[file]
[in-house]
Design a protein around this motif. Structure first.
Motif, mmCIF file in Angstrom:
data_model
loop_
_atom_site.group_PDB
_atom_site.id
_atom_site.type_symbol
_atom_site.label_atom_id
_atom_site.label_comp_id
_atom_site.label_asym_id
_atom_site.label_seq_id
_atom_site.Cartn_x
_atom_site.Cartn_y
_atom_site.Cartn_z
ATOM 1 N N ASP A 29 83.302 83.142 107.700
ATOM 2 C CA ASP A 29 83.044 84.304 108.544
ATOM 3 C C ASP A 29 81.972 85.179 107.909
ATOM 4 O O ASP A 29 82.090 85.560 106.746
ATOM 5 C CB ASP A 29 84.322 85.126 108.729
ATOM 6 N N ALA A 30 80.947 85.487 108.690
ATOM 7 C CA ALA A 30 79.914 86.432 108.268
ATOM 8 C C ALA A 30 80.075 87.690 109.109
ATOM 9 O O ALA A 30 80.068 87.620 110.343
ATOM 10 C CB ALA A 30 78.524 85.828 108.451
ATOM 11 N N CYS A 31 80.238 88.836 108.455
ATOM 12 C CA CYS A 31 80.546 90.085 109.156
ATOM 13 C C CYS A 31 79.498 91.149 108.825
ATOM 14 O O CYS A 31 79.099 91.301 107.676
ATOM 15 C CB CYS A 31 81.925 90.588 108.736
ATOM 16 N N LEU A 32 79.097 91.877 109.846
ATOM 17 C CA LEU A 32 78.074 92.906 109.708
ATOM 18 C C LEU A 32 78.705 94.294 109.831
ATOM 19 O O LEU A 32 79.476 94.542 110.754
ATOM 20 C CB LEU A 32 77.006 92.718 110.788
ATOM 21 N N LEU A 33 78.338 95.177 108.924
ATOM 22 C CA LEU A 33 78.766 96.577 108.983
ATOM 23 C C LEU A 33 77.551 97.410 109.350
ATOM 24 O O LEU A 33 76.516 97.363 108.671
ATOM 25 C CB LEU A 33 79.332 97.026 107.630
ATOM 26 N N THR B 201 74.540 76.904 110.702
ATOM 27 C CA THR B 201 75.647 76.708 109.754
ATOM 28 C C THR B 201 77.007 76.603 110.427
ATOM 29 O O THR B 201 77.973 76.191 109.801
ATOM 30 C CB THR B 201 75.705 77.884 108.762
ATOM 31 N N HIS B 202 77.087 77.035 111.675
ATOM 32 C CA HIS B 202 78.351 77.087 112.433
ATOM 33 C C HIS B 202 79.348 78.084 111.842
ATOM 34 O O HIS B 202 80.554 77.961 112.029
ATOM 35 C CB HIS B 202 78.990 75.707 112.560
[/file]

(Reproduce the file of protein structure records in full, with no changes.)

[in-house]
Design a protein around this motif. Structure first.
Motif, mmCIF file in Angstrom:
data_model
loop_
_atom_site.group_PDB
_atom_site.id
_atom_site.type_symbol
_atom_site.label_atom_id
_atom_site.label_comp_id
_atom_site.label_asym_id
_atom_site.label_seq_id
_atom_site.Cartn_x
_atom_site.Cartn_y
_atom_site.Cartn_z
ATOM 1 N N ASP A 29 83.302 83.142 107.700
ATOM 2 C CA ASP A 29 83.044 84.304 108.544
ATOM 3 C C ASP A 29 81.972 85.179 107.909
ATOM 4 O O ASP A 29 82.090 85.560 106.746
ATOM 5 C CB ASP A 29 84.322 85.126 108.729
ATOM 6 N N ALA A 30 80.947 85.487 108.690
ATOM 7 C CA ALA A 30 79.914 86.432 108.268
ATOM 8 C C ALA A 30 80.075 87.690 109.109
ATOM 9 O O ALA A 30 80.068 87.620 110.343
ATOM 10 C CB ALA A 30 78.524 85.828 108.451
ATOM 11 N N CYS A 31 80.238 88.836 108.455
ATOM 12 C CA CYS A 31 80.546 90.085 109.156
ATOM 13 C C CYS A 31 79.498 91.149 108.825
ATOM 14 O O CYS A 31 79.099 91.301 107.676
ATOM 15 C CB CYS A 31 81.925 90.588 108.736
ATOM 16 N N LEU A 32 79.097 91.877 109.846
ATOM 17 C CA LEU A 32 78.074 92.906 109.708
ATOM 18 C C LEU A 32 78.705 94.294 109.831
ATOM 19 O O LEU A 32 79.476 94.542 110.754
ATOM 20 C CB LEU A 32 77.006 92.718 110.788
ATOM 21 N N LEU A 33 78.338 95.177 108.924
ATOM 22 C CA LEU A 33 78.766 96.577 108.983
ATOM 23 C C LEU A 33 77.551 97.410 109.350
ATOM 24 O O LEU A 33 76.516 97.363 108.671
ATOM 25 C CB LEU A 33 79.332 97.026 107.630
ATOM 26 N N THR B 201 74.540 76.904 110.702
ATOM 27 C CA THR B 201 75.647 76.708 109.754
ATOM 28 C C THR B 201 77.007 76.603 110.427
ATOM 29 O O THR B 201 77.973 76.191 109.801
ATOM 30 C CB THR B 201 75.705 77.884 108.762
ATOM 31 N N HIS B 202 77.087 77.035 111.675
ATOM 32 C CA HIS B 202 78.351 77.087 112.433
ATOM 33 C C HIS B 202 79.348 78.084 111.842
ATOM 34 O O HIS B 202 80.554 77.961 112.029
ATOM 35 C CB HIS B 202 78.990 75.707 112.560